What’s Stopping Turkey From Saving Kobani?
Ankara can't seem to make up its mind about who's the bigger enemy: the Islamic State or the Kurds.
ISTANBUL — There's no harsher critic of the Turkish government these days than anonymous U.S. officials. One official, speaking to the New York Times this week, said that Ankara was "inventing reasons not to act" in the besieged northern Syrian town of Kobani; "this isn't how a NATO ally acts while hell is unfolding a stone's throw from their border," the official added. An anonymous U.S. official reached by the Washington Post was no kinder: The Turks, the senior official said, are dragging their feet because "they want the U.S. to come in and take care of the problem."
ISTANBUL — There’s no harsher critic of the Turkish government these days than anonymous U.S. officials. One official, speaking to the New York Times this week, said that Ankara was "inventing reasons not to act" in the besieged northern Syrian town of Kobani; "this isn’t how a NATO ally acts while hell is unfolding a stone’s throw from their border," the official added. An anonymous U.S. official reached by the Washington Post was no kinder: The Turks, the senior official said, are dragging their feet because "they want the U.S. to come in and take care of the problem."
The American effort to pressure Ankara to take on a larger role in Kobani, however, has so far been ignored by the Turks. Foreign Minister Mevlut Cavusoglu said yesterday that it was "not realistic" to expect Turkey to launch a ground operation on its own. Gen. John Allen, the U.S. envoy to the coalition against the Islamic State, is also holding talks in Ankara — though the State Department readout on his visit did not announce any agreement between the two sides, and suggested talks could go on for some time.
So, what’s stopping Turkey from saving Kobani? To try to answer that question, I posed a few questions to Suat Kiniklioglu, a former MP for the ruling Justice and Development Party (AKP) who rose to become the spokesman for the Turkish parliament’s foreign affairs committee, and the AKP’s deputy chairman for external affairs. Known as a member of the party’s liberal wing, he wasn’t included on the AKP’s list for the 2011 parliamentary elections; he has since served as the executive director of an Ankara-based think tank, and recently began a year in Washington as a visiting senior fellow at the Center for American Progress.
There are two primary conflicts, according to Kiniklioglu, that explain Turkish reticence to get more involved in Syria. The first is between Ankara and the U.S.-led coalition against the Islamic State: "The primary problem remains the divergence on what the priority should be: Assad or ISIS," he said. "Ankara wants to know what the U.S. vision for Iraq and Syria is."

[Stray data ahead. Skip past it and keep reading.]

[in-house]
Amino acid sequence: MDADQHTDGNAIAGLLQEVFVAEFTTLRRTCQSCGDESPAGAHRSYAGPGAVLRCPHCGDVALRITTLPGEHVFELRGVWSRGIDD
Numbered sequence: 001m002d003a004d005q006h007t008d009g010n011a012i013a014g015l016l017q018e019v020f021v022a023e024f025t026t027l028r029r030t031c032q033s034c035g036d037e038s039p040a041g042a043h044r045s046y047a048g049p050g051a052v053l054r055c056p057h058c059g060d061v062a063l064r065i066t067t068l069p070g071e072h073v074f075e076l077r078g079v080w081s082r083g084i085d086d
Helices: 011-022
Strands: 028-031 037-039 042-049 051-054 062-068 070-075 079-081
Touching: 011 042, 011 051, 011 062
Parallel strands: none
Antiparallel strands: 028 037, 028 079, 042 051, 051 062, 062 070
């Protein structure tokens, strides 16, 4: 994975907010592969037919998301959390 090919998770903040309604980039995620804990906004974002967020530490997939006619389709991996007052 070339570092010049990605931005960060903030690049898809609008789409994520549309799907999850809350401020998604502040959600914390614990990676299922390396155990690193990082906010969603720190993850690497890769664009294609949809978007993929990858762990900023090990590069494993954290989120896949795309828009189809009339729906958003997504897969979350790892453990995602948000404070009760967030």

Turkey has been pressing the anti-Islamic State coalition to broaden its mandate to include the removal of President Bashar al-Assad’s regime. Prime Minister Ahmet Davutoglu recently said that Ankara is "ready to do everything if there is a clear strategy" for Syria’s future — but argued that only attacking the Islamic State wouldn’t solve the root cause of radicalization, which is Assad’s grip on power.
Ankara also is leery about bolstering the Kurdish defenders of Kobani. The militia is known as the People’s Protection Units (YPG), which is affiliated with the Kurdistan Workers Party (PKK), a militant organization that has waged a decades-long guerrilla war against the Turkish state. If forced to choose between the YPG and the jihadists, many Turkish officials seem ambivalent: "For us the PKK is the same as ISIS," President Recep Tayyip Erdogan said last weekend. Another AKP deputy tweeted that the Islamic State may kill, "but at least does not torture" like the PKK.
Ankara has balked, Kiniklioglu says, at the prospect of sending ground forces into such hostile territory. "If the area [around Kobani] would be populated by Turkmens or other sympathetic populations it would have been a different story," he said. "Ankara does not want a repeat scenario of northern Iraq, where an Iraqi Kurdistan emerged [after the fall of Saddam Hussein]."
For Turkey, however, the costs of failing to defend Kobani are also growing. Istanbul and the country’s predominantly Kurdish regions have seen escalating protests over the past week by Kurdish protesters angry over Ankara’s inaction. The interior minister announced today that 31 people have been killed and hundreds more have been injured. The protests have revived old ethnic fault lines, as Turkish nationalists in the city of Gaziantep took to the streets armed with swords in a counter-protest; four people were killed in the ensuing violence.
With the Islamic State pushing further into Kobani, the domestic fallout from the battle in Syria could derail the years-long effort to reconcile Turkey’s Kurdish citizens with the state. Kurdish parties may "have difficulty in controlling more fringe factions, who … want to return to violence," Kiniklioglu fears. "If Kobani falls, then all bets are off. It would probably mean an end to the peace process."
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